My husband and I have been known for our quirky household habits.  We’re not big on cleanliness and our home organization system is highly intuitive at best.  For example, early in our marriage we kept our microwave in a cupboard which meant we had to get it out any time we wanted to use it.  It was a hulking thing, tan and brown with a knob for setting the time, no fancy buttons or stainless steel.  I think we were trying to conserve countertop space while also being embarrassed by how it looked, but even we had to admit that keeping a microwave in a cupboard ate into the efficiency of its use.  Plus sometimes one of us would forget to put it away and the other would say, “Ok, who left the microwave out?” and saying it out loud made it sound pretty silly.   

Quirkiness is expected at our house and lately I’ve noticed a new habit – we’ve started getting rid of things we need before we have their replacement.  For example, we had two ancient glider rockers in our living room for a long time.  As an introvert at home with four children, I grew to hate those chairs; the added motion of one or another of the kids constantly bopping back and forth on them was often a tipping point for me in terms of outward stimulation.  This summer we sold the oldest rocker at a yard sale thinking we’d surely make enough to be able to find some “new” seating on Craig’s list.   The rocker sold for $4 after my husband was bargained down from the $5 price tag we had on it.  Not exactly enough to buy a replacement, so we went several weeks without enough seating in our living room.  This made for an awkward situation when guests came and we all crowded together on the couch or I crouched nonchalantly on the living room floor.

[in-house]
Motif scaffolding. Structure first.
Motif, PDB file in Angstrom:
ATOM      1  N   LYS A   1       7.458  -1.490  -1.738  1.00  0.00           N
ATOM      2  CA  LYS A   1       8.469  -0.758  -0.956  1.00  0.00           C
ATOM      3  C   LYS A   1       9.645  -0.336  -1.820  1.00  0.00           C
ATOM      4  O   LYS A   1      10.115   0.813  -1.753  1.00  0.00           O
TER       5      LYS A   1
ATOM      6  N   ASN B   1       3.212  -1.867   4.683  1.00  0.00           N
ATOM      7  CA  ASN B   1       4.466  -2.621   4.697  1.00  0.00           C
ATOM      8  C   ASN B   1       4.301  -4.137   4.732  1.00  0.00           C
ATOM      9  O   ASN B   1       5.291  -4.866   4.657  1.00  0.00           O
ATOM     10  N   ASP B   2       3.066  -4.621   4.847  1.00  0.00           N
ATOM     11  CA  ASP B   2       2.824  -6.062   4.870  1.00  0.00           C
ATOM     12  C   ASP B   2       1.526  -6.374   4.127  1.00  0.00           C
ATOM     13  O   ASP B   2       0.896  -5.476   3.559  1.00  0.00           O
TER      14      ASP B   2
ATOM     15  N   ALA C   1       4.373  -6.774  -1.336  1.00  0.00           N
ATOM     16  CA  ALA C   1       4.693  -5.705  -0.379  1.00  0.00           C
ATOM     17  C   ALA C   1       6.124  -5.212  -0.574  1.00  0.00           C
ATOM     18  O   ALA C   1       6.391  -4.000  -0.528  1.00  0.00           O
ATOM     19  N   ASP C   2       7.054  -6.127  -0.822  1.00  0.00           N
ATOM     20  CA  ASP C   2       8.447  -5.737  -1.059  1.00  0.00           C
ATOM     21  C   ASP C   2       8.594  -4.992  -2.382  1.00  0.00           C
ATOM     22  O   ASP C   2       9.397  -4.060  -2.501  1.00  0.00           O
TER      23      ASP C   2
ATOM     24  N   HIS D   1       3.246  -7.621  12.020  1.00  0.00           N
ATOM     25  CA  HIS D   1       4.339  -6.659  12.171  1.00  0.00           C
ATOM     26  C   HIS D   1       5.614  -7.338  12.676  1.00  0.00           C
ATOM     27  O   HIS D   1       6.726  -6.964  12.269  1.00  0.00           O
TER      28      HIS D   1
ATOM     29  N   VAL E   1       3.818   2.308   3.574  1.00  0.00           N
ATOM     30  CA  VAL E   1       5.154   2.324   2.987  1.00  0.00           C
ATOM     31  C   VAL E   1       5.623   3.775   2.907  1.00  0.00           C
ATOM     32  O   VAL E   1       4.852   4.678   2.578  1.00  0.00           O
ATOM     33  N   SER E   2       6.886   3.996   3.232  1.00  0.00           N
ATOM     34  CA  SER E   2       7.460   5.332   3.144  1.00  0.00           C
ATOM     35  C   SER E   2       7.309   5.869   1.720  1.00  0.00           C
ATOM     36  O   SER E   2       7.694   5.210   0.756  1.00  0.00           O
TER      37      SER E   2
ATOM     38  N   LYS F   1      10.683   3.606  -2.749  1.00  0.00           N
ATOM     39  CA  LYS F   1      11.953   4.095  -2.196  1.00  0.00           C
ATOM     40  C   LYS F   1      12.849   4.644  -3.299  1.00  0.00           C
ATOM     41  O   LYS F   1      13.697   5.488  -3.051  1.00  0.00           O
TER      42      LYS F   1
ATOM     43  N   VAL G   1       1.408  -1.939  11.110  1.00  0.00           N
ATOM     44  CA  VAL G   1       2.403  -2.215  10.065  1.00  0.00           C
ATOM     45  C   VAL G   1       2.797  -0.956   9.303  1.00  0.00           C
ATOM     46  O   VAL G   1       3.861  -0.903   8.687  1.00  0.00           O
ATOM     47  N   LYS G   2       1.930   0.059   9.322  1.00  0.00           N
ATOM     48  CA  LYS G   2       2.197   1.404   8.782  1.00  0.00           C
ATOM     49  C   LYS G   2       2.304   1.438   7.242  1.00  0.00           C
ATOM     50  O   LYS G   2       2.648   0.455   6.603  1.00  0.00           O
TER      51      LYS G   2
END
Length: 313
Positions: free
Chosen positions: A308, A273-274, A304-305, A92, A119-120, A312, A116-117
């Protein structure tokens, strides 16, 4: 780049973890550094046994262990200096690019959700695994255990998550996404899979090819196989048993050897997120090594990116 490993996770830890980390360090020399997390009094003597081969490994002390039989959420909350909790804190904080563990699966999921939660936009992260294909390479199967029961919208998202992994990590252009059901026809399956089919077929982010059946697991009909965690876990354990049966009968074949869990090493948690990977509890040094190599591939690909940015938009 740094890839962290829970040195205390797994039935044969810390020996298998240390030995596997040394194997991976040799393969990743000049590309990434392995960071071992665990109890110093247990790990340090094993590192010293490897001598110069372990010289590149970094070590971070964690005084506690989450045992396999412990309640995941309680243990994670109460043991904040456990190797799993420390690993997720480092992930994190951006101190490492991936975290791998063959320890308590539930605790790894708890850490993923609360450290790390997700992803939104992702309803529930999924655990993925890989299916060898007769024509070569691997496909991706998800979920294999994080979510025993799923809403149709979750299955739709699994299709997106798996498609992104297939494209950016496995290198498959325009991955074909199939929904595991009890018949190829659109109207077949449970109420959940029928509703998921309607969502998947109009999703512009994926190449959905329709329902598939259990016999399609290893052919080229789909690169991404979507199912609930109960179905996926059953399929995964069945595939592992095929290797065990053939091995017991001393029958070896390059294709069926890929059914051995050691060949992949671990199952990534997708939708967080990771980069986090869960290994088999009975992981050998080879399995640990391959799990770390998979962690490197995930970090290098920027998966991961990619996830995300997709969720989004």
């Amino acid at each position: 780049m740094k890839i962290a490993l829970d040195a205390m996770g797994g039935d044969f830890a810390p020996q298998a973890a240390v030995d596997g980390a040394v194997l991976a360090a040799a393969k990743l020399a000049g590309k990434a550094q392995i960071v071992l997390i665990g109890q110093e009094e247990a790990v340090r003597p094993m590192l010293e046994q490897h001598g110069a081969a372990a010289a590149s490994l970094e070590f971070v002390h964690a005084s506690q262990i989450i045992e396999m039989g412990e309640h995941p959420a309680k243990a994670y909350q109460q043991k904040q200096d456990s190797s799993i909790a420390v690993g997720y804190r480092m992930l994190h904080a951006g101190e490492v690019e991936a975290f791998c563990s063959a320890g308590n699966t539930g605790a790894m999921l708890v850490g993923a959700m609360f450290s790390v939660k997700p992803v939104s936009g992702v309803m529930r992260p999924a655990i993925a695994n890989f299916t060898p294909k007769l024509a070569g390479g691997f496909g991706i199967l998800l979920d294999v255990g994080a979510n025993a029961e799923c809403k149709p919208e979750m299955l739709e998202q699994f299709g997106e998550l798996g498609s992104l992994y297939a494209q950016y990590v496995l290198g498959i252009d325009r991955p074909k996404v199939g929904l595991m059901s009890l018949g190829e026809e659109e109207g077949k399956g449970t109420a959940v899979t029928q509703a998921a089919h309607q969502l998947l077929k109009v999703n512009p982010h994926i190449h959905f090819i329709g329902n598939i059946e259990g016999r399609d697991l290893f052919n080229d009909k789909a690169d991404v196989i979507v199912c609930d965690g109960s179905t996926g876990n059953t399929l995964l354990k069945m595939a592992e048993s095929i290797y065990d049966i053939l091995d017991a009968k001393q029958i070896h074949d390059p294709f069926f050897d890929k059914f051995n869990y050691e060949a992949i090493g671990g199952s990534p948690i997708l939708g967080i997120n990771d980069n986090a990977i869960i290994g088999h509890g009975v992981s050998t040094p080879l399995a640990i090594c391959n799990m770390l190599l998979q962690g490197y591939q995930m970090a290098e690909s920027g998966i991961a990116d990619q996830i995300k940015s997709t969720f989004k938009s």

More recently, when our computer chair broke, but was still usable, I hauled it out to the curb.  I now sit typing in the other glider rocker, which has become our computer chair, which means that when we watch shows on the computer (sold that TV at the yard sale too) one of us sits in the glider while the other hunches in a little wooden chair borrowed from the kids’ room.